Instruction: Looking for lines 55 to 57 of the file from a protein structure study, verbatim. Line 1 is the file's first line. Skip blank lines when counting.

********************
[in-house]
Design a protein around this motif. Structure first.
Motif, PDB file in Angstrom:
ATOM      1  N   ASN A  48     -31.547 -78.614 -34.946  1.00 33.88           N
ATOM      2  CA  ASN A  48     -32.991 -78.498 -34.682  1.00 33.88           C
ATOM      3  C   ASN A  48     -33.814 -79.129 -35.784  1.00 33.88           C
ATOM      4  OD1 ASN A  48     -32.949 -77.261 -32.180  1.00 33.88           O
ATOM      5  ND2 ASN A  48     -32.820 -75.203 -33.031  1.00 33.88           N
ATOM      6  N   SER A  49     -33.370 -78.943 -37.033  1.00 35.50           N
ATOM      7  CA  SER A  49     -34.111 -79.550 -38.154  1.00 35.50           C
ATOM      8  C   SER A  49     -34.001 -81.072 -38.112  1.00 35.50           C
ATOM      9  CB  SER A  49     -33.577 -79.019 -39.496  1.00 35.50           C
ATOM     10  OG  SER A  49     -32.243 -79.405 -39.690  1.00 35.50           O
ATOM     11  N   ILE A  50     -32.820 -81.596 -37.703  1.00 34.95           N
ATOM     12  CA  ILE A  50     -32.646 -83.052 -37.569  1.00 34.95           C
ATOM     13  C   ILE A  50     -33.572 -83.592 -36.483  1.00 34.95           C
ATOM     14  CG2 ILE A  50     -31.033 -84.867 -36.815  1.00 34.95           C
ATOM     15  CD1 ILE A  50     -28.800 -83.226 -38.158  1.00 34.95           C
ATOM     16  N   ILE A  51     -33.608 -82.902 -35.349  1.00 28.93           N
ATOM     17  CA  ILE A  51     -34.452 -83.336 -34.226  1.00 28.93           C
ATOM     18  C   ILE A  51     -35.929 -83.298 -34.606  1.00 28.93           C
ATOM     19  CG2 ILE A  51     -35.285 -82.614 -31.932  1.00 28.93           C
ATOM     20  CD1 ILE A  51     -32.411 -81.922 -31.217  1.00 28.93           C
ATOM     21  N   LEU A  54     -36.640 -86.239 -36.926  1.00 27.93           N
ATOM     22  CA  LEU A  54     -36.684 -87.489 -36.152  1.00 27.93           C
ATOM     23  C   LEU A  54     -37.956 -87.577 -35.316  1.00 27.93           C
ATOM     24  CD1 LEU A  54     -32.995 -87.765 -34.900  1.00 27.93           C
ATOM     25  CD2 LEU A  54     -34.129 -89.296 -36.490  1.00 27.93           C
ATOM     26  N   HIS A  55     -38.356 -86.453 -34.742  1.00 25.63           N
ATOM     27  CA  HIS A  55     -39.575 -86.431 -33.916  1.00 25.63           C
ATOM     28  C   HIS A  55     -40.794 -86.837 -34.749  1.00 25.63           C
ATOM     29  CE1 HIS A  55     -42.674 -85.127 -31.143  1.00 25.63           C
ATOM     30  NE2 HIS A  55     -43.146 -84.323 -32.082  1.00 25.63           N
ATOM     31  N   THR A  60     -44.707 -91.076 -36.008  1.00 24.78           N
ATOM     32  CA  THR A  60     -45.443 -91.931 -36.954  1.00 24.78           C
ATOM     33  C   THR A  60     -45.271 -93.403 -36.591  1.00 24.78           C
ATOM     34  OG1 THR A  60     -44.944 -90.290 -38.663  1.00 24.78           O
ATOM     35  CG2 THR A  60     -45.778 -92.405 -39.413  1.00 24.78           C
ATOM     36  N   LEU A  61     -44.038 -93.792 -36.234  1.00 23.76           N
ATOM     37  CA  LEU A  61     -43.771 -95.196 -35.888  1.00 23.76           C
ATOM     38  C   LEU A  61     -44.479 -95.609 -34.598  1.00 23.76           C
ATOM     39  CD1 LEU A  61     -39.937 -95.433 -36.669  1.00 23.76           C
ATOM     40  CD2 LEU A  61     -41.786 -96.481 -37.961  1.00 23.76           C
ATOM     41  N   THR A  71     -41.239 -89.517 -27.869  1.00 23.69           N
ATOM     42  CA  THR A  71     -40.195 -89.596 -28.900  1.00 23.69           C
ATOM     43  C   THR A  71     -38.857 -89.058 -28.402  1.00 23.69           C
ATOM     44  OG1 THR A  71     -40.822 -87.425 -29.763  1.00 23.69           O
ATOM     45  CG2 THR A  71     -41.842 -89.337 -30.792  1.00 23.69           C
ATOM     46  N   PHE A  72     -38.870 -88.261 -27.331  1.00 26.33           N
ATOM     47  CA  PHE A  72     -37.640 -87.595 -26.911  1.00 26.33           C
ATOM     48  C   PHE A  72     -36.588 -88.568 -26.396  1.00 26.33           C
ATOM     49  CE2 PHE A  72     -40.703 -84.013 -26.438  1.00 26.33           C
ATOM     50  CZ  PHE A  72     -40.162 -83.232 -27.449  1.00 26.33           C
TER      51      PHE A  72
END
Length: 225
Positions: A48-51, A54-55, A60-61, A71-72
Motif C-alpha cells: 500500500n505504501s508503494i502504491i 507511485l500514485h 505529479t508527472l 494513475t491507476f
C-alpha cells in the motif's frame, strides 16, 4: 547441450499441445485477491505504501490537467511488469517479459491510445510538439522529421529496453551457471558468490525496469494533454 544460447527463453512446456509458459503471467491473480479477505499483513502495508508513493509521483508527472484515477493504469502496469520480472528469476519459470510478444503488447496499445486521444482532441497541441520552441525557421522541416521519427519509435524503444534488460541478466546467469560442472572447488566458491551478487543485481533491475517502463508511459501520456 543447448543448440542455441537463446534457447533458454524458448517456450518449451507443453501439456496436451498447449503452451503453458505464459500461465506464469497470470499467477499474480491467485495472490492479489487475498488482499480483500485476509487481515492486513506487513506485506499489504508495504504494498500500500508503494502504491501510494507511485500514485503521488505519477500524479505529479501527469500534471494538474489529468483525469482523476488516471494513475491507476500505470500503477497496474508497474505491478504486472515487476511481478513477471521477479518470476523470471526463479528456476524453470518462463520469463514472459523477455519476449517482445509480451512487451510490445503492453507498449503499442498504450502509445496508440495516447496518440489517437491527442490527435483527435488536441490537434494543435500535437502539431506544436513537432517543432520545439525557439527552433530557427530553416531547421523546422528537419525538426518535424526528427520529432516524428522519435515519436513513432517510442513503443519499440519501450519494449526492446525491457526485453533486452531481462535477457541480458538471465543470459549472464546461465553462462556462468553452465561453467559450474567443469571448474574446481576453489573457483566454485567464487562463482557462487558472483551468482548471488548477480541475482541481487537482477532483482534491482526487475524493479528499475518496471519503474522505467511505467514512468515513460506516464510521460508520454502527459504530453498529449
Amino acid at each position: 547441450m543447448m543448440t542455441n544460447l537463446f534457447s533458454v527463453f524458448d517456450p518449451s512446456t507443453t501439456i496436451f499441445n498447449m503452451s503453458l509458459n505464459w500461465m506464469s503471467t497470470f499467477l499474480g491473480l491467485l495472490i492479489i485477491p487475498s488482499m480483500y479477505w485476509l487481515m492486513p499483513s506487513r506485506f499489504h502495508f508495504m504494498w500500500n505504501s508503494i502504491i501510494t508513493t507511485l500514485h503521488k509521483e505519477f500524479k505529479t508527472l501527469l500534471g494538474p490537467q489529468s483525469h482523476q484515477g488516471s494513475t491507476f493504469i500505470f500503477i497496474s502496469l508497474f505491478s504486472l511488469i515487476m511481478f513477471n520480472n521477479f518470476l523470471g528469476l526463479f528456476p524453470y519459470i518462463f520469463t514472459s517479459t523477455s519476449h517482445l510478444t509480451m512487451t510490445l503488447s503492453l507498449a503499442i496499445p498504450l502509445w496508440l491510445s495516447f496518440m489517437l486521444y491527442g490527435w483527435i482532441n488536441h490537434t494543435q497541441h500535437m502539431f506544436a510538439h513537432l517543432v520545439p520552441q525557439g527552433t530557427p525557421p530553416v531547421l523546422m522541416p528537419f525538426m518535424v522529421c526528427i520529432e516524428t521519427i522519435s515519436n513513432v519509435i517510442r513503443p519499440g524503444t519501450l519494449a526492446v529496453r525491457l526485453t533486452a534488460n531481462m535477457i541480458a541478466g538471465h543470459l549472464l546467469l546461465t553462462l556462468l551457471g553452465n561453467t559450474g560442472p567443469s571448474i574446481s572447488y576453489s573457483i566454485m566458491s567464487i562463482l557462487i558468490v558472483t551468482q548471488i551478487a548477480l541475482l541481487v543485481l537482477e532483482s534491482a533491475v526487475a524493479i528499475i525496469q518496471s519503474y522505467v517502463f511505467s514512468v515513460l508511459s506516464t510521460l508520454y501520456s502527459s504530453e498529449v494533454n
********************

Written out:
END
Length: 225
Positions: A48-51, A54-55, A60-61, A71-72